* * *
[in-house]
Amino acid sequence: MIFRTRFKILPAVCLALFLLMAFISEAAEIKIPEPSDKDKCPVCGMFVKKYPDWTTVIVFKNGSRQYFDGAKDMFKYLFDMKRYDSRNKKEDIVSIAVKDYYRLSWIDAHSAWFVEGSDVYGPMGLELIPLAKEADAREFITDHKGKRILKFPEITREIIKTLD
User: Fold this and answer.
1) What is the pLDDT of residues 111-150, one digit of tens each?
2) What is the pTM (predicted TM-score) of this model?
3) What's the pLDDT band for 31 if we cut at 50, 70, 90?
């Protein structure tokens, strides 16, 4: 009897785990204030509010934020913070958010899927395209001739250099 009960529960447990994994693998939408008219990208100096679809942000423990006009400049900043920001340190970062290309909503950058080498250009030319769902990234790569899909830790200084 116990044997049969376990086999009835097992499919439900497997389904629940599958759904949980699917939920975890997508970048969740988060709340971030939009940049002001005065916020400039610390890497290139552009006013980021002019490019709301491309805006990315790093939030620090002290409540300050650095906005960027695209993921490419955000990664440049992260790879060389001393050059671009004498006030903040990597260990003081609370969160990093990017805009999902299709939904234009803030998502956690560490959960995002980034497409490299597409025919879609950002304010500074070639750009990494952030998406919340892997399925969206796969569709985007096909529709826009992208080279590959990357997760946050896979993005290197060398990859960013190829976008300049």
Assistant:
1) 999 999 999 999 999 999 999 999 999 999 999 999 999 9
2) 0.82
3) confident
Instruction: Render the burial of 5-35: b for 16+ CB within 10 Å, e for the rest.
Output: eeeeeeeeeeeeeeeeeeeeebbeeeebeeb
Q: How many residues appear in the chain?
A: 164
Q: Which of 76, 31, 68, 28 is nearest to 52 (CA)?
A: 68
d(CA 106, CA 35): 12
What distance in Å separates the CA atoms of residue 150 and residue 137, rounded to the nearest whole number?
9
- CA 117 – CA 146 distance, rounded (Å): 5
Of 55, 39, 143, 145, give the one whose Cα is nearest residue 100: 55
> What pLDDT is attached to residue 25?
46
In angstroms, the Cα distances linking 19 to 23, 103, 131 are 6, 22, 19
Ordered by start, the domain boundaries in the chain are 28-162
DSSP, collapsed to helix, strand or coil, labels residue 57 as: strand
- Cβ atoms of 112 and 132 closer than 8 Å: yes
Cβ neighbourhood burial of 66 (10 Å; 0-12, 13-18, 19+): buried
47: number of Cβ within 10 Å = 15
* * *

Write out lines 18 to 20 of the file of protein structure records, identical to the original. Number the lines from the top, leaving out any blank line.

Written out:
d(CA 106, CA 35): 12
What distance in Å separates the CA atoms of residue 150 and residue 137, rounded to the nearest whole number?
9